DeKalb County was also in the thick of the political season 40 years ago. A glance at the Oct. 10, 1980 edition of The Times-Journal captured the momentum of an ascendant Ronald Reagan, who attracted 4,000 cheering supporters at a Birmingham appearance. The Democrats, another headline read, were “going on the defensive” with a reception planned for U.S. Rep. Tom Bevill the following day, along with a fundraiser at Sylvania High School. Alabama’s governor, Fob James, refused to endorse Reagan or the incumbent, Jimmy Carter, “although he claims to be a ‘good Democrat.’” James would change parties in 1995 to win a second term.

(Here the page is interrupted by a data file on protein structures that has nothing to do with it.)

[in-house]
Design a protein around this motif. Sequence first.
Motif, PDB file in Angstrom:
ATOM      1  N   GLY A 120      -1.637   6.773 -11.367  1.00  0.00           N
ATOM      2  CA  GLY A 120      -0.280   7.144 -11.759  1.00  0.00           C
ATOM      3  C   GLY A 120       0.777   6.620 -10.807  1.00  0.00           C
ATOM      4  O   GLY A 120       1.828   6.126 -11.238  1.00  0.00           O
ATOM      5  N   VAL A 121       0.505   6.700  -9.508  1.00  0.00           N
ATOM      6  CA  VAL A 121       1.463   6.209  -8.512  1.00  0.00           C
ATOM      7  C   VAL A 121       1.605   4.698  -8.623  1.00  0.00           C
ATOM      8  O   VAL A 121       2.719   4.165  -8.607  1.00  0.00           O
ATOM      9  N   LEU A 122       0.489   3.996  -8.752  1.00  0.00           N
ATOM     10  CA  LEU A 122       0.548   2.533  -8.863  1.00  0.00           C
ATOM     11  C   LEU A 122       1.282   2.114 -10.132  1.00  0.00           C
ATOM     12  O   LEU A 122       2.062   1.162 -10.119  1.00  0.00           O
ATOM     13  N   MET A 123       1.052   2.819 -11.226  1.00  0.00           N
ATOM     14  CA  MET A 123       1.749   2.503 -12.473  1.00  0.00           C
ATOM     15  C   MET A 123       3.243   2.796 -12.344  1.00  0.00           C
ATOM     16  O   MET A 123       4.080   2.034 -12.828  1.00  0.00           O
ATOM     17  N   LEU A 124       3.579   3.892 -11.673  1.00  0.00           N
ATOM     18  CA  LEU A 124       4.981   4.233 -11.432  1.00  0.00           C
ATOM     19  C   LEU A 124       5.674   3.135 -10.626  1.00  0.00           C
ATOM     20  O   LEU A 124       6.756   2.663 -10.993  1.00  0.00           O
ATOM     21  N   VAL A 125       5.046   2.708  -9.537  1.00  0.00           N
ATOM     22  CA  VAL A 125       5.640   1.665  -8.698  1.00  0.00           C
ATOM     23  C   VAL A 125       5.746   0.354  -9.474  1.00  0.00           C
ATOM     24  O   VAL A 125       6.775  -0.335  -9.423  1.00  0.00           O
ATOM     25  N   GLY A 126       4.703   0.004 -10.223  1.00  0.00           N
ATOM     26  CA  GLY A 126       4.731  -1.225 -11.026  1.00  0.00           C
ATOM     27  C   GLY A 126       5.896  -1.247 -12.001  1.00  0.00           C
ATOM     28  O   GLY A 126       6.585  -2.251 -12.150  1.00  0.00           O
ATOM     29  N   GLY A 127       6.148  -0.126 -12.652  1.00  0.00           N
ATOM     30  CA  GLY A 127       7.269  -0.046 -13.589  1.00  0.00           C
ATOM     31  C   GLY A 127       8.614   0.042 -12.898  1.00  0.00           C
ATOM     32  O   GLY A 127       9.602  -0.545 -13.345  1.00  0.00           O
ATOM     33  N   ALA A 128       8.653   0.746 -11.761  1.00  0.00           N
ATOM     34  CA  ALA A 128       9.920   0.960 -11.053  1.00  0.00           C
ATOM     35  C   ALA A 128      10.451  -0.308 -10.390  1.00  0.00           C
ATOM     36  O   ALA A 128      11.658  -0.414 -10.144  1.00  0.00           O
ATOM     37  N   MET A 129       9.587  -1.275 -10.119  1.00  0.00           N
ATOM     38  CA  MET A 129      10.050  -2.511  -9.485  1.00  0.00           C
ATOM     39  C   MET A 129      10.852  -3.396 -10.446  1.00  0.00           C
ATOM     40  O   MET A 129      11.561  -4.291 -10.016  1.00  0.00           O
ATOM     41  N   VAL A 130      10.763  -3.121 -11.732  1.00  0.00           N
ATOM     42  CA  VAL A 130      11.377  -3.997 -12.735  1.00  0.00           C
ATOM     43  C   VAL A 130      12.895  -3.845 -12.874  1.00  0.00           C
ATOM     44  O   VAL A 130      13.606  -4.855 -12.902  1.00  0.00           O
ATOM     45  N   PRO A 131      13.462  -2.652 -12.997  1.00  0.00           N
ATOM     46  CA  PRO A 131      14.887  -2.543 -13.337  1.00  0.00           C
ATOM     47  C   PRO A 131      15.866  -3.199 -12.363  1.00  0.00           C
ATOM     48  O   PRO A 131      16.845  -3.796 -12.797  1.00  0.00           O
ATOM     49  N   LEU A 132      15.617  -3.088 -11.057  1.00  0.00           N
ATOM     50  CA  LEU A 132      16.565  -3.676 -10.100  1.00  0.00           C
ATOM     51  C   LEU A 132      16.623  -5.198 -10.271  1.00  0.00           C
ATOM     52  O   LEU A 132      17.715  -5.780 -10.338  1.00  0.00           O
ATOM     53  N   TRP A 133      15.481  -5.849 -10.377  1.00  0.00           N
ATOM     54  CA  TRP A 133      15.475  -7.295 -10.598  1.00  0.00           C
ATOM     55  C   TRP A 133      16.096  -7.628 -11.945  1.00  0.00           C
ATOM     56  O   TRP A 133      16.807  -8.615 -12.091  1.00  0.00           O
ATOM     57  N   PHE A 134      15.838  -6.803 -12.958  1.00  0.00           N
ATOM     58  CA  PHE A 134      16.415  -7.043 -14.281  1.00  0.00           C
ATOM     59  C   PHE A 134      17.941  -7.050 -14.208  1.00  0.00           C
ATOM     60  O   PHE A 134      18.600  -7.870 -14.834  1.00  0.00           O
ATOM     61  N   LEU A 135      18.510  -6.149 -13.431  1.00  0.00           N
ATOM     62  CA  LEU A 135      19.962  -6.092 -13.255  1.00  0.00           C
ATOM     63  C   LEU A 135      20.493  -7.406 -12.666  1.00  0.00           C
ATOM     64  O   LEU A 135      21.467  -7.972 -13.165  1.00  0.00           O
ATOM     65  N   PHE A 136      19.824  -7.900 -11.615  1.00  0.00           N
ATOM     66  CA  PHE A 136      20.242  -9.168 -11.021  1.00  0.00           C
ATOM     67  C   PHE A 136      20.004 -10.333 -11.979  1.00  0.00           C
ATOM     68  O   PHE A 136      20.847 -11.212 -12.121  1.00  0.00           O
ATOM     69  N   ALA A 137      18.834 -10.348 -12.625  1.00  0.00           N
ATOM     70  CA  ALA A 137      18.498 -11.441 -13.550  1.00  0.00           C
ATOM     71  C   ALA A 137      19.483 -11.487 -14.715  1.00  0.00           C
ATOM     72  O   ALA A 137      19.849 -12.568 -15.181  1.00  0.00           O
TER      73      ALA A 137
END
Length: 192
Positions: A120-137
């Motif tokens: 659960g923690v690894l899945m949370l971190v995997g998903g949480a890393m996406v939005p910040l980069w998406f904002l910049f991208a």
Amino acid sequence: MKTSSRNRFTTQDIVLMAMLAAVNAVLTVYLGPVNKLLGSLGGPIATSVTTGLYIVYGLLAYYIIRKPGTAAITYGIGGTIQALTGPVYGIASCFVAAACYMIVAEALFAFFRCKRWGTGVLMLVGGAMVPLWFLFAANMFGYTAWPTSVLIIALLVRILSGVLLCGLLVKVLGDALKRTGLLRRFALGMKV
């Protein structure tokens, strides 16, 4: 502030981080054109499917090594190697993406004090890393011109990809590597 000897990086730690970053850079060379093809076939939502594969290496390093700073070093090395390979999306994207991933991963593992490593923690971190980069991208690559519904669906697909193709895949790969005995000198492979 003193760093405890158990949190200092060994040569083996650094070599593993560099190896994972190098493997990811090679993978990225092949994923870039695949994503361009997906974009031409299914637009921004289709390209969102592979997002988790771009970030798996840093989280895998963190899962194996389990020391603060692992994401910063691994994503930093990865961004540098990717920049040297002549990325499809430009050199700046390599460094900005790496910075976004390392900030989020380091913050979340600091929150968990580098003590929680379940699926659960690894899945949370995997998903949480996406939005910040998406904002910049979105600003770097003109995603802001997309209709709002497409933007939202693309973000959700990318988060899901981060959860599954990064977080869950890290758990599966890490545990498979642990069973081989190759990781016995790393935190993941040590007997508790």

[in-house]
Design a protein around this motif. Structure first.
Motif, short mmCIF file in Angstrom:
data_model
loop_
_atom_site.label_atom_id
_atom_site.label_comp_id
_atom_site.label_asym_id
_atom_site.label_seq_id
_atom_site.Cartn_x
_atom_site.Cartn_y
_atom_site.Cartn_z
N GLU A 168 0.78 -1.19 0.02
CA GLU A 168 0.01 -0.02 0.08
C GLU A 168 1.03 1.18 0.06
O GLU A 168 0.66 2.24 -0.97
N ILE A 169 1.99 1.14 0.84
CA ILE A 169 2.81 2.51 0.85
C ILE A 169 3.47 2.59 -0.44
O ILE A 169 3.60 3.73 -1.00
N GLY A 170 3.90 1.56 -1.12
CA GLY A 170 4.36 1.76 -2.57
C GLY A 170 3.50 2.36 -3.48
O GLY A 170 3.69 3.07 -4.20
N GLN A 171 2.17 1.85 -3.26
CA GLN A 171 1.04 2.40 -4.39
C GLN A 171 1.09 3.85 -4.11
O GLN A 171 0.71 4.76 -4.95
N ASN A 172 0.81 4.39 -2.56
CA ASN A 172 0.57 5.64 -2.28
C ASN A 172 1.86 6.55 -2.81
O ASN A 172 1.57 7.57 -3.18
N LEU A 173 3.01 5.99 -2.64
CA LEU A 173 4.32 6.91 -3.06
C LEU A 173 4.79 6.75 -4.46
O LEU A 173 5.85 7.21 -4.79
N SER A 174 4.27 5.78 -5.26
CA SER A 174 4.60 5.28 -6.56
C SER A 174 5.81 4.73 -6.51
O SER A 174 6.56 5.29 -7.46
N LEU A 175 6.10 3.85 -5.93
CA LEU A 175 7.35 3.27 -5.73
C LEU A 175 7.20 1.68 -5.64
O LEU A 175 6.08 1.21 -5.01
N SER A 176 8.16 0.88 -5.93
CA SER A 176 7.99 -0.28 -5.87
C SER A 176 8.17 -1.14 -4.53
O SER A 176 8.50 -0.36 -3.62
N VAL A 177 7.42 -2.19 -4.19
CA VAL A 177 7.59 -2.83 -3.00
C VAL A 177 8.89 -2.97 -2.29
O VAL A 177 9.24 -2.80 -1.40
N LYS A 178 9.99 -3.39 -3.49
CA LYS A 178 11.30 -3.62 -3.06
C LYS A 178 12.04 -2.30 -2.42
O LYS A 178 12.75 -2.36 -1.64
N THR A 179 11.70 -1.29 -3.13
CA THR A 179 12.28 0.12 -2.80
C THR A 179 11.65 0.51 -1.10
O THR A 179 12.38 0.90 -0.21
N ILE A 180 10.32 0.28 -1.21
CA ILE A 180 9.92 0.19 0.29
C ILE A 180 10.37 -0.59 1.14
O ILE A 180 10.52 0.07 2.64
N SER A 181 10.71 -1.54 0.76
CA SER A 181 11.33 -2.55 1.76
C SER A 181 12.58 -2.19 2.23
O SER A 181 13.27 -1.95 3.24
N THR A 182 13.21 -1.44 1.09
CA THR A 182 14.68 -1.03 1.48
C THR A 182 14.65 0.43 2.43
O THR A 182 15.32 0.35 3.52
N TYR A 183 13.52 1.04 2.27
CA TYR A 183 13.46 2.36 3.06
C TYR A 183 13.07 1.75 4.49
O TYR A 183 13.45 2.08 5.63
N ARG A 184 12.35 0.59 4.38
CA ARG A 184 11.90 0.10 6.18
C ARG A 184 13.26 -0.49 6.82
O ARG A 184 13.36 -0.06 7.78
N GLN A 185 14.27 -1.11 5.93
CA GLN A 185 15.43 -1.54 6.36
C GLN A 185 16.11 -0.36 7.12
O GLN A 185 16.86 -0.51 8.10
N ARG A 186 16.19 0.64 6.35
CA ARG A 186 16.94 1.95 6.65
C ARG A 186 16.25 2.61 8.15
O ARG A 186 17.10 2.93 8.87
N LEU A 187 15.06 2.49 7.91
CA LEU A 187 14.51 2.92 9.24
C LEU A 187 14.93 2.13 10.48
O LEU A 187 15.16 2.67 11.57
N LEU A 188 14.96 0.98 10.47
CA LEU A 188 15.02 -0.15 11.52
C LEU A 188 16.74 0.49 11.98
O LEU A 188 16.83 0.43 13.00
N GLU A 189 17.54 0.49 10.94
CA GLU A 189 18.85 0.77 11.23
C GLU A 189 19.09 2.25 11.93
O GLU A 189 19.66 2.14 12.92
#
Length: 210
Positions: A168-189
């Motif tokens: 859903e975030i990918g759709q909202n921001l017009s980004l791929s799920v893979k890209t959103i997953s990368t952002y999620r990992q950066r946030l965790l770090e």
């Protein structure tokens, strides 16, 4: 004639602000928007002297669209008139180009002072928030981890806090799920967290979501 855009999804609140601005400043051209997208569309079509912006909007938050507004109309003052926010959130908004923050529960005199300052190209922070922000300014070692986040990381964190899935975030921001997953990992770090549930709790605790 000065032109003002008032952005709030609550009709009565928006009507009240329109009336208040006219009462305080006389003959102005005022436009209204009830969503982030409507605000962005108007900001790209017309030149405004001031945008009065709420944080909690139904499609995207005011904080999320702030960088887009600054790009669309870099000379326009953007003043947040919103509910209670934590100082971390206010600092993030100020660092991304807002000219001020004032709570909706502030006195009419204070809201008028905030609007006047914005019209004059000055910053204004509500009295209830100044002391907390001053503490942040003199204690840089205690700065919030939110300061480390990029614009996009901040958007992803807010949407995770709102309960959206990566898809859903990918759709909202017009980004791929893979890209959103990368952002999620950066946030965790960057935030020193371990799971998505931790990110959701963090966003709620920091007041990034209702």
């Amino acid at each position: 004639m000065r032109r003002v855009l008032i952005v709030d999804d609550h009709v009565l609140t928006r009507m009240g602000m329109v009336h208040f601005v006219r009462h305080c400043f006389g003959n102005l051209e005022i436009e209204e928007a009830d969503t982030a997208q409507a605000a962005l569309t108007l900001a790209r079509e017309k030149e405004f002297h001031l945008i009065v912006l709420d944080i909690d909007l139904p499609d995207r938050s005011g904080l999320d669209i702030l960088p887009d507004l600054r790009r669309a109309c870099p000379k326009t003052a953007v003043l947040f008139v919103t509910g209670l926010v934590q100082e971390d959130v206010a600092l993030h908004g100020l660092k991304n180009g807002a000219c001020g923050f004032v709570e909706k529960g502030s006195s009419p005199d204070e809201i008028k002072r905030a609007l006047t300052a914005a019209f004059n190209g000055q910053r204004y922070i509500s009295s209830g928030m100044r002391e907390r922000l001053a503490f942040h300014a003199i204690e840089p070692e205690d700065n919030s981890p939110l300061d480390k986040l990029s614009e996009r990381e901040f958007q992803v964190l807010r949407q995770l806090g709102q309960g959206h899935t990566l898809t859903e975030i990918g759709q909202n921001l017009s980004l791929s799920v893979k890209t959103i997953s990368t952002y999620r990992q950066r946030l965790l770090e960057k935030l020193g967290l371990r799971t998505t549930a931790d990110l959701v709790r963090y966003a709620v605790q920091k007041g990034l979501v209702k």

The state’s Democrats were led by Louise Lindbloom, who was quoted at the local event as saying, “There are places where the Republicans are heavily spending money and where they’re putting out these things that say what the Democratic and Republican platforms are.” Bevill was quoted as saying that local Democrats were fierce because they were “used to having competition from the GOP.”
Jim Folsom, Jr., the 31-year-old Democratic U.S. Senate candidate sang and played guitar at the Sylvania event. Challenger Jeremiah Denton, described as a “military hero”, would go on to defeat him and become the state’s first Republican senator in 101 years. Folsom would go on to become governor in 1993, following in the footsteps of his father, former Gov. “Big Jim” Folsom.
Less than a month later, Reagan defeated Carter, becoming the oldest person to assume the U.S. presidency at 69 years of age (a distinction he would hold until 2017, when President Donald Trump would be inaugurated at age 70). Reagan won DeKalb County by 9,368 votes to Carter’s 8,484.